Specially designed robots that can locate and monitor the temperatures of acetylene cylinders in a fire are being tested in a six-month trial by Network Rail and the London Fire Brigade.
Since September, the remotely operated vehicles (ROVs) have been called out to six fires in which cylinders were thought to be involved.
In these instances, fire fighters can normally do little more than cordon off a 200m radius hazard zone for 24 hours. But at three of the trial incidents where cylinders were found, the hazard zone time was reduced to between five and 10 hours.
The robots(below), including ones originally developed for operations in Afghanistan and Bosnia, have been adapted by Qinetiq to help reduce the size and time of the hazard, and thus the disruption to people and services located near the fire.
They weigh 22kg to 64kg depending on the payload and are 28cm high with a stowed arm x 86cm long. They run on tracks and carry four cameras, including a pan/tilt camera on top and a thermal imaging camera.
Once a fire has been put out, the Talon, usually used for bomb disposal missions in Afghanistan, may be deployed. Its main purpose is to make the initial assessment and locate and determine the temperature of a cylinder. It can navigate a range of rough terrain and also climb stairs.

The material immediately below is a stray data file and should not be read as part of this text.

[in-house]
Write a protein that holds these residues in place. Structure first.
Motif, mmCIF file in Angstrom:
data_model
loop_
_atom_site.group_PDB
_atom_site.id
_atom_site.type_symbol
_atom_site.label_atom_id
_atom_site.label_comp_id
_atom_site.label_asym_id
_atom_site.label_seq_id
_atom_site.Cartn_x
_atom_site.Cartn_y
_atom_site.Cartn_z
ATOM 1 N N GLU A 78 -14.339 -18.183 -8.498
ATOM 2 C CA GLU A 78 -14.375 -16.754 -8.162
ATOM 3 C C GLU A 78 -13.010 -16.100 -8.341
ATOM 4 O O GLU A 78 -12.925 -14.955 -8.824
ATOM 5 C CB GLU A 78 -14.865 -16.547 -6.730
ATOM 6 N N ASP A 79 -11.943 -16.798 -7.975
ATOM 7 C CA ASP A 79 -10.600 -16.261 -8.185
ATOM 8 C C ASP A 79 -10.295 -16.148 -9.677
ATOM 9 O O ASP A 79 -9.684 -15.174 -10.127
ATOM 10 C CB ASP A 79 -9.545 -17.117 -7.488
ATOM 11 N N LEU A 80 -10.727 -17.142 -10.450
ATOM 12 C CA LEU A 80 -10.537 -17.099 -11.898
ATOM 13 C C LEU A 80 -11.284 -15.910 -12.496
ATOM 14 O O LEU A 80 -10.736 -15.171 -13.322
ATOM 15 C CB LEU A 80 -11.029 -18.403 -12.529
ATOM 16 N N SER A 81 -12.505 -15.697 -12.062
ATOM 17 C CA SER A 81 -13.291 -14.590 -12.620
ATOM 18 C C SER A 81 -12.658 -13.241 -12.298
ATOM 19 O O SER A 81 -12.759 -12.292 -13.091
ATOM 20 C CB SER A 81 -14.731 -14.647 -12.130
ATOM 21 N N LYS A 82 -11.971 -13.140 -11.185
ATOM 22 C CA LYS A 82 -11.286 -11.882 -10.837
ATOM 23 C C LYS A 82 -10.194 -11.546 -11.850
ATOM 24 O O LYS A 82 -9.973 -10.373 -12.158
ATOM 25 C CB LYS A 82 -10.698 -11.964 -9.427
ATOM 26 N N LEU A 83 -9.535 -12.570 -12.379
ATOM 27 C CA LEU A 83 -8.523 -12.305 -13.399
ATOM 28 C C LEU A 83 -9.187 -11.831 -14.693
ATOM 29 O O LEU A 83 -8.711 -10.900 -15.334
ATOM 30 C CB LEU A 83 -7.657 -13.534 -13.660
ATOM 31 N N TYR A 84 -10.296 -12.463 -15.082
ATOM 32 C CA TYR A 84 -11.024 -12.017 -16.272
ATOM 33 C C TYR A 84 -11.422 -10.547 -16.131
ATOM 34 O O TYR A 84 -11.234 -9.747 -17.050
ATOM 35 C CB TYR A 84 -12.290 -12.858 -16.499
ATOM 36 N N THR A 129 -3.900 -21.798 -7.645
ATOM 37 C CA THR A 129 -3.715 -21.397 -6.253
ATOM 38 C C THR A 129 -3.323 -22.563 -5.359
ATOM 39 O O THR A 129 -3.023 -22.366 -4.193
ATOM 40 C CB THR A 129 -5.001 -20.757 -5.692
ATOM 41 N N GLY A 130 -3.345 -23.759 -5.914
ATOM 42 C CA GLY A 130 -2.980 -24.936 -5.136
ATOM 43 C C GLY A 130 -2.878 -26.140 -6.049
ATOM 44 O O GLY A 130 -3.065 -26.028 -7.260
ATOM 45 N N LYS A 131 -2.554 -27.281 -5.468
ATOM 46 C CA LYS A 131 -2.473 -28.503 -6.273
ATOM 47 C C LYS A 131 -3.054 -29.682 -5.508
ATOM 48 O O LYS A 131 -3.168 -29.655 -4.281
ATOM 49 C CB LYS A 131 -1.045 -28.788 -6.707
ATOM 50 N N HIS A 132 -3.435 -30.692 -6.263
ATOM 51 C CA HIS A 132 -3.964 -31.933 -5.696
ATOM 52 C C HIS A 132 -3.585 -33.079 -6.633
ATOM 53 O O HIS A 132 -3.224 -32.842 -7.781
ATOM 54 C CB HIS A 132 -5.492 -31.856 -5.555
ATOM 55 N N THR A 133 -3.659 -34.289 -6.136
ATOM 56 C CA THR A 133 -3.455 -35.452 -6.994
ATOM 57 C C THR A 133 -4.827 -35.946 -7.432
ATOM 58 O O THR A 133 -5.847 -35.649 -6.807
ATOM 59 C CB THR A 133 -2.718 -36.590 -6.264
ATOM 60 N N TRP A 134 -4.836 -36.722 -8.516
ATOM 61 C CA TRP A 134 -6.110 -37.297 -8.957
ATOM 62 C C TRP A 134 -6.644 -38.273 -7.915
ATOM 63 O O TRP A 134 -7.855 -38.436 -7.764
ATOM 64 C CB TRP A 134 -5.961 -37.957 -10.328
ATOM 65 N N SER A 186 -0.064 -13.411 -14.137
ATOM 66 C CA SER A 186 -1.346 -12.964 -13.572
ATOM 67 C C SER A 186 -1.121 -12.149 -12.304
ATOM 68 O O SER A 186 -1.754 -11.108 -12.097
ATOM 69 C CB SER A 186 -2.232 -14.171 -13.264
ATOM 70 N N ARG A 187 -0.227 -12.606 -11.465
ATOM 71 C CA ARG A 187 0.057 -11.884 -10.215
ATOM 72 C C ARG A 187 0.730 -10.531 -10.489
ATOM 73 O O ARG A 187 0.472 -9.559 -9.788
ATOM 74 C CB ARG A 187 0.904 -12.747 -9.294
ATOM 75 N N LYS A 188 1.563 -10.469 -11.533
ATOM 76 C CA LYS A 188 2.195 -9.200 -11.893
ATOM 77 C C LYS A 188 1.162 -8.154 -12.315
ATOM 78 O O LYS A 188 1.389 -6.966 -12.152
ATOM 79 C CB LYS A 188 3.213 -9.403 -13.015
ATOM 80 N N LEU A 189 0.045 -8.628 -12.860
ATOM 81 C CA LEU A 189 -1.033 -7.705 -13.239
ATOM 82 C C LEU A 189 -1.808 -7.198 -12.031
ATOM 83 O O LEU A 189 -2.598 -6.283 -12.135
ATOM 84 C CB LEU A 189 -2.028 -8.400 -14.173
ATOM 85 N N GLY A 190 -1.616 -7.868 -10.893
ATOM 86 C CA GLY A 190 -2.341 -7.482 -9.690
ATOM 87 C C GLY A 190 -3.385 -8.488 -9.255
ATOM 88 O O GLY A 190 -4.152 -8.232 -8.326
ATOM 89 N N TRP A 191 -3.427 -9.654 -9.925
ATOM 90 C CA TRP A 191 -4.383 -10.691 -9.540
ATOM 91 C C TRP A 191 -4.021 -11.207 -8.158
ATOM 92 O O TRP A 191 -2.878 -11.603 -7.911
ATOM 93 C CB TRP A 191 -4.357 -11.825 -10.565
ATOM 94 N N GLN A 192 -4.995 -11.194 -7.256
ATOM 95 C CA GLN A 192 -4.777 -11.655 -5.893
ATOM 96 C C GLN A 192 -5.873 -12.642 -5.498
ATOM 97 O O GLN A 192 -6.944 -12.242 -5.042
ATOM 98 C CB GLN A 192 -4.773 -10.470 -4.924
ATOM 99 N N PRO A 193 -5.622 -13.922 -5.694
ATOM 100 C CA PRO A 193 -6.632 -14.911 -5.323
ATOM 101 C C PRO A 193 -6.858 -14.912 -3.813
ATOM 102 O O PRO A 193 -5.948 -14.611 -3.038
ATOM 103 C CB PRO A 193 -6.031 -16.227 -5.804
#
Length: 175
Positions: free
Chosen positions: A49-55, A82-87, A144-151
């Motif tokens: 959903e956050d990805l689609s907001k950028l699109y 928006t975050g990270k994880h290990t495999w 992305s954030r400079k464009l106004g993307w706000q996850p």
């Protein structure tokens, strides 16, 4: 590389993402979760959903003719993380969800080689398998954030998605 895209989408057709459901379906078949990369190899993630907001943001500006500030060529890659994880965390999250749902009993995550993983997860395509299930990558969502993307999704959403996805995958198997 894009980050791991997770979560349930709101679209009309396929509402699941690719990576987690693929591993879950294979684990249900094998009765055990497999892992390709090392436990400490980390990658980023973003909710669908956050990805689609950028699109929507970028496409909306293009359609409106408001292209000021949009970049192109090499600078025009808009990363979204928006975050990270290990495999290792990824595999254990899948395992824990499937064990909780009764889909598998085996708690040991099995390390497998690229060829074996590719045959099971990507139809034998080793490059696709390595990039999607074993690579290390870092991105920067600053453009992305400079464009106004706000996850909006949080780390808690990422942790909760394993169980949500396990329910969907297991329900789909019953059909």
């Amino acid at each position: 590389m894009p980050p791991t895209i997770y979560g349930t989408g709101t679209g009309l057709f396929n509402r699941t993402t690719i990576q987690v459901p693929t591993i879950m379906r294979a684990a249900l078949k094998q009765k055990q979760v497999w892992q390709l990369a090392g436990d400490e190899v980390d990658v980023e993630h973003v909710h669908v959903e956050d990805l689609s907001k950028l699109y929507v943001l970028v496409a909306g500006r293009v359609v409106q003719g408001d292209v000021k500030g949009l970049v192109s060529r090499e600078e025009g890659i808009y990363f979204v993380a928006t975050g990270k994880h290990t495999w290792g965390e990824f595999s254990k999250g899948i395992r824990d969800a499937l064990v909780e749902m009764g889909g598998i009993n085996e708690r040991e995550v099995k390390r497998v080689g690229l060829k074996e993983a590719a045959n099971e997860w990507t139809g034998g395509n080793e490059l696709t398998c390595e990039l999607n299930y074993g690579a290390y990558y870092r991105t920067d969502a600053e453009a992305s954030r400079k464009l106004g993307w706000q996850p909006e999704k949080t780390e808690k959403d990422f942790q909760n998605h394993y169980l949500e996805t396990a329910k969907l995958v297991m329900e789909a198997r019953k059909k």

In some cases, the Talon may need to follow a demolition robot such as the Bison or the Brokk. The Bison, developed for use in Bosnia, is used to gain access to a site with the aid of a hydraulic cutter or other interchangeable tools, but will be replaced by the more robust 930kg Brokk in the later stages of the trial once the latter has been developed to run on a diesel power pack and be operated remotely.
The third robot is the 250kg Black Max, a small quad bike that runs on a diesel electric engine. It has a hose attachment and can get close to a cylinder and hose it down with water for as long as it takes to cool it down to prevent an explosion.